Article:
Heart rate and blood pressure responses to +Gz following varied-duration -Gz.Aviat Space Environ Med. 2000 Feb; 71(2):137-41.AS
The push-pull effect has been defined previously as decreased +Gz tolerance caused by previous baseline zero or -Gz exposure. Earlier work indicates that the delay in BP (BP) recovery during +Gz is a function of time at -G7, and is due to the lengthened time-course of sympathetically mediated peripheral vasoconstriction.
The purpose of this study was to retrospectively determine whether heart rate (HR) varies with BP as duration at preceding -Gz increased.
Continuous ECG R-R interval data from 15 s of +2.25Gz after preceding 2, 5, 10, or 15 s at 2Gz obtained from previous experiments were analyzed and compared with the previously reported BP data. Repeated measures ANOVA and regression analyses were used to compare +2.25Gz HR responses after the four -Gz conditions and one control +2.25Gz condition.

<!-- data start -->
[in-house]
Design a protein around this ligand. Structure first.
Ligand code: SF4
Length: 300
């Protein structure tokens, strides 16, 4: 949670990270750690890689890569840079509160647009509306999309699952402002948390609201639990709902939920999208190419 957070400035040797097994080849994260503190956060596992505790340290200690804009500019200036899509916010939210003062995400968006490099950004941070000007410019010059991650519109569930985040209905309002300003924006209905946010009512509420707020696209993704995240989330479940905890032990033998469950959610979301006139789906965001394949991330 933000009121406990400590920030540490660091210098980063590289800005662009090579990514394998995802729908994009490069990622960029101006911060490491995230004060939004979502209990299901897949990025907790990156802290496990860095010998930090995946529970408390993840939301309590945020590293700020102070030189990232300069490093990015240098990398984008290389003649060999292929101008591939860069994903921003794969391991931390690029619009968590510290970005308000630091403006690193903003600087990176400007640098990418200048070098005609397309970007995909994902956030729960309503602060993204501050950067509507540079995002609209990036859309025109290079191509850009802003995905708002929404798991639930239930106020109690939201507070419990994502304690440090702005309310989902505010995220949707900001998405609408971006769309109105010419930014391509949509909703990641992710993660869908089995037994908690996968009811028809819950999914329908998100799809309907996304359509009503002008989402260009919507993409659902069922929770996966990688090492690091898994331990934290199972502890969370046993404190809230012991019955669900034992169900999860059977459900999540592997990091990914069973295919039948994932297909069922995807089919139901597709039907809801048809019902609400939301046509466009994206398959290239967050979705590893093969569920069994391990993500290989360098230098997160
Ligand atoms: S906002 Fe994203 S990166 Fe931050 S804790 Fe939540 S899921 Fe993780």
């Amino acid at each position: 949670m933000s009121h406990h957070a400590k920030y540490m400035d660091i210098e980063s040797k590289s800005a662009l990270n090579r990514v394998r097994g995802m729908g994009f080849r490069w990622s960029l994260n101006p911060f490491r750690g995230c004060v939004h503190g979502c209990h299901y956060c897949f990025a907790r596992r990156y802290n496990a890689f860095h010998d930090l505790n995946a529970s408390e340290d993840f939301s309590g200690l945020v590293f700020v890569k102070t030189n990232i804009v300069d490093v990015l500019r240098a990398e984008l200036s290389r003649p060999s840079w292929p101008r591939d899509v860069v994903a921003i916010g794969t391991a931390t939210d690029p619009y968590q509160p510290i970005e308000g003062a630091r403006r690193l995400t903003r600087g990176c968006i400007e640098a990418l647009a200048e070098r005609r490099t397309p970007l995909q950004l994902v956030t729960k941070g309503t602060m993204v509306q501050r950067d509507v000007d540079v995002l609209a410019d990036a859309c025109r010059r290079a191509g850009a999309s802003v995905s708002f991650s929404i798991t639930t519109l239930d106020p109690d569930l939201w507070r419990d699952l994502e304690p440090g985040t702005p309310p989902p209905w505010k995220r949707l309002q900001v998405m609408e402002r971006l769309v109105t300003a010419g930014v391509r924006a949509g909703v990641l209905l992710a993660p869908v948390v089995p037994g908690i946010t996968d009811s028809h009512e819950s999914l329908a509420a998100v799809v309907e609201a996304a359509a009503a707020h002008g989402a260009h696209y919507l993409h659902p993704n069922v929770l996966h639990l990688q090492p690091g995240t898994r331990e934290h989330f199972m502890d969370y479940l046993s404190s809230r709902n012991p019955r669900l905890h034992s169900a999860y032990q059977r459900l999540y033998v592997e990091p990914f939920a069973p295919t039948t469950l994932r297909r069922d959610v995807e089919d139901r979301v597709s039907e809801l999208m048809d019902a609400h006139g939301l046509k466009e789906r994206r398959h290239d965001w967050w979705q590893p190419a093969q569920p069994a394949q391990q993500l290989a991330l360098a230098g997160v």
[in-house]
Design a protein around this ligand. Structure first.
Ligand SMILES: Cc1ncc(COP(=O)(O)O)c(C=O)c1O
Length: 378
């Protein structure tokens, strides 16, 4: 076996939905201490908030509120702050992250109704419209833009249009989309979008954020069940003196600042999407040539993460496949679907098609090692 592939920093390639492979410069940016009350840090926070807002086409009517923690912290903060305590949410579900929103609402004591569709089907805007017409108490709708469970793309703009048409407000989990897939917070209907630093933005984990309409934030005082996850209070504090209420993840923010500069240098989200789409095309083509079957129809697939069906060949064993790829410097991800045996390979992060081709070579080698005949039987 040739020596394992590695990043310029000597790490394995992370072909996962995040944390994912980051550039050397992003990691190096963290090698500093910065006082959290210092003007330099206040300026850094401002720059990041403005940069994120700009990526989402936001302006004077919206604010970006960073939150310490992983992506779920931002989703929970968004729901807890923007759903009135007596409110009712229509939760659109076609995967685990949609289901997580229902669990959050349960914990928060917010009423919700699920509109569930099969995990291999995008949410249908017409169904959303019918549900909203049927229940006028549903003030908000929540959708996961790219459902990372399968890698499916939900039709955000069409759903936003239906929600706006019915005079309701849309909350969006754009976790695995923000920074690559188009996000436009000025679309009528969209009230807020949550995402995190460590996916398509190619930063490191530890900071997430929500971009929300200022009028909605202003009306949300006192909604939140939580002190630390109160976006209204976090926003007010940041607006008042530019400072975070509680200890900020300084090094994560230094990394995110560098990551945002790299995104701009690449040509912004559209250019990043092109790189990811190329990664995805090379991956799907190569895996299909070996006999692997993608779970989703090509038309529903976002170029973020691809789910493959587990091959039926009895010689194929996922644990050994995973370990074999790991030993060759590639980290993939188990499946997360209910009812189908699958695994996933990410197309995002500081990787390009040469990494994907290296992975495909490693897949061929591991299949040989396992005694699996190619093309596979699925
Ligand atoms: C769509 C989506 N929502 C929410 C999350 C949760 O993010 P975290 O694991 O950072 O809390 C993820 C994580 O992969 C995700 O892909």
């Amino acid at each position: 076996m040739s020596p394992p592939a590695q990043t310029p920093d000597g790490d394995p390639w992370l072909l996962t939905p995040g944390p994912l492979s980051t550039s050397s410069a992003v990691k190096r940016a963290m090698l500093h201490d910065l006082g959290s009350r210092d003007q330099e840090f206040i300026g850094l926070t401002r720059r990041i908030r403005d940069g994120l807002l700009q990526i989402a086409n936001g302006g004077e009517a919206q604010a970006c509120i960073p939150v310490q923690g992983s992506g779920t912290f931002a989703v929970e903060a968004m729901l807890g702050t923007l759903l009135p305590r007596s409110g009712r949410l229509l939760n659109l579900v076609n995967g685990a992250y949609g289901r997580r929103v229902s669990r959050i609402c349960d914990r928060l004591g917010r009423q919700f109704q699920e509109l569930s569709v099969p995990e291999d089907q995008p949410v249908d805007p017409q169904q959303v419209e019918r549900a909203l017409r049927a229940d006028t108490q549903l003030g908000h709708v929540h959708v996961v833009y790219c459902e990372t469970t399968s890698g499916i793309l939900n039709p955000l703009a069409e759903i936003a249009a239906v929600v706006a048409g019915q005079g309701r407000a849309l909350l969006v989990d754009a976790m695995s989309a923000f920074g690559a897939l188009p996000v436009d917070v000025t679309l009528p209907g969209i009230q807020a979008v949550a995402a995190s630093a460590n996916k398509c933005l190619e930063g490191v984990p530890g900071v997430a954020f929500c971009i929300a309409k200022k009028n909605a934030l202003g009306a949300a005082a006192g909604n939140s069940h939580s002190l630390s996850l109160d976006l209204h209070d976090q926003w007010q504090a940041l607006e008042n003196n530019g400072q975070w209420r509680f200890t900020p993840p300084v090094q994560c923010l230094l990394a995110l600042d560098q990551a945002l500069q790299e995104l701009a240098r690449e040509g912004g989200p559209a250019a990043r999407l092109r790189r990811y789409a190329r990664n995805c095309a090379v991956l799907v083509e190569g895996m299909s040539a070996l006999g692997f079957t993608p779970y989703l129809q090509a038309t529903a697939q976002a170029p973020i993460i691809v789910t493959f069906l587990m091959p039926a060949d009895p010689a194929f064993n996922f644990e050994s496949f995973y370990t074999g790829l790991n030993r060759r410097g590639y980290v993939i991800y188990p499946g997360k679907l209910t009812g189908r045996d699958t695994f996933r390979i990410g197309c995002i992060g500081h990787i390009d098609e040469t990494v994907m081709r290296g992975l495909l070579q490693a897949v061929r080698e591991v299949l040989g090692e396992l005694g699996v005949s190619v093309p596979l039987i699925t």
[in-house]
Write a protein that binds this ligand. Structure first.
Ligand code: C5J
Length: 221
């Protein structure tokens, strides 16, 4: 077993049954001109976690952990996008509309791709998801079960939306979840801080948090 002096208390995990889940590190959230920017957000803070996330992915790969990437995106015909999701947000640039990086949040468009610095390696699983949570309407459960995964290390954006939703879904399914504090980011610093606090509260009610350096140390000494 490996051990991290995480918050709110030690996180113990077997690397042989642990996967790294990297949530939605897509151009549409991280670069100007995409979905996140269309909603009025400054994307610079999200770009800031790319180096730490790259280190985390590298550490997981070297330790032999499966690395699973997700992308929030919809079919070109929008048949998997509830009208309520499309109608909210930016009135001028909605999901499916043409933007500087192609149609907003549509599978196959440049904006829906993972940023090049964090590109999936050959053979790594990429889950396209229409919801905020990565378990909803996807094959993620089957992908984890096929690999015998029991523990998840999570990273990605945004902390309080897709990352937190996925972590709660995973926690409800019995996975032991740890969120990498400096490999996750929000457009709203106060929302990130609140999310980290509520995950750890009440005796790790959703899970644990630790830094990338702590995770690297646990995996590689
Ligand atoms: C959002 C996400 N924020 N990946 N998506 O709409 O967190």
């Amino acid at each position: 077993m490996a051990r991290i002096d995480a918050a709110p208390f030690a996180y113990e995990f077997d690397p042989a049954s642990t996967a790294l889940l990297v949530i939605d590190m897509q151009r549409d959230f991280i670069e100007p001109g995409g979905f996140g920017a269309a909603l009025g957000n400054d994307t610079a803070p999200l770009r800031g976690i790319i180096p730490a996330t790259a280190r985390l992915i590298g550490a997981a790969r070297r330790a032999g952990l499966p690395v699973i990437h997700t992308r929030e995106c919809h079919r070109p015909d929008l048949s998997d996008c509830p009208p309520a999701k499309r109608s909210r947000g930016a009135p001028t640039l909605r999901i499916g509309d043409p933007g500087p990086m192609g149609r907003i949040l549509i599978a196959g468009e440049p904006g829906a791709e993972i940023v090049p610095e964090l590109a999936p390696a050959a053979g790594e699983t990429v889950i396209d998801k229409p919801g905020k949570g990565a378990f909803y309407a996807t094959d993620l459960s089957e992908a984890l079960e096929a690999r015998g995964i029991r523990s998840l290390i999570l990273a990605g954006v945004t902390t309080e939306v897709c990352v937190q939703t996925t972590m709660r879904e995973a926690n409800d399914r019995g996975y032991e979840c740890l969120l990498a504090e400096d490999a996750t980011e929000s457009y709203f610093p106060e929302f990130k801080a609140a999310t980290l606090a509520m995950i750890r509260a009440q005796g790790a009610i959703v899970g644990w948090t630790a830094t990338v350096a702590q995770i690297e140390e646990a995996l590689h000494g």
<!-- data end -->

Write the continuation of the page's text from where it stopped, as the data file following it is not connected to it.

An initial rapid rise in HR was observed for all conditions with a consistent steady-state plateau achieved after the first 7 s of +2.25Gz. However, there were significant differences in mean HR attained during the +2.25Gz plateau for preceding 15 s -2.0 Gz vs. the control, 2, 5, and 10s -Gz conditions (109+/-1.1 vs. 102+/-1.8, 100+/-2.0, 97+/-1.1 and 101+/-1.1, bpm, respectively; p<0.05).
HR, unlike BP, increases briskly across all preceding -Gz time conditions, adapting within the initial baroreflex-compensatory time frame typically expected for +Gz exposures. These results suggest there may be a threshold effect for HR response. Consequently, vasoconstrictor response is a critical adaptive mechanism during +Gz when preceded by long (>10 s) -Gz exposures.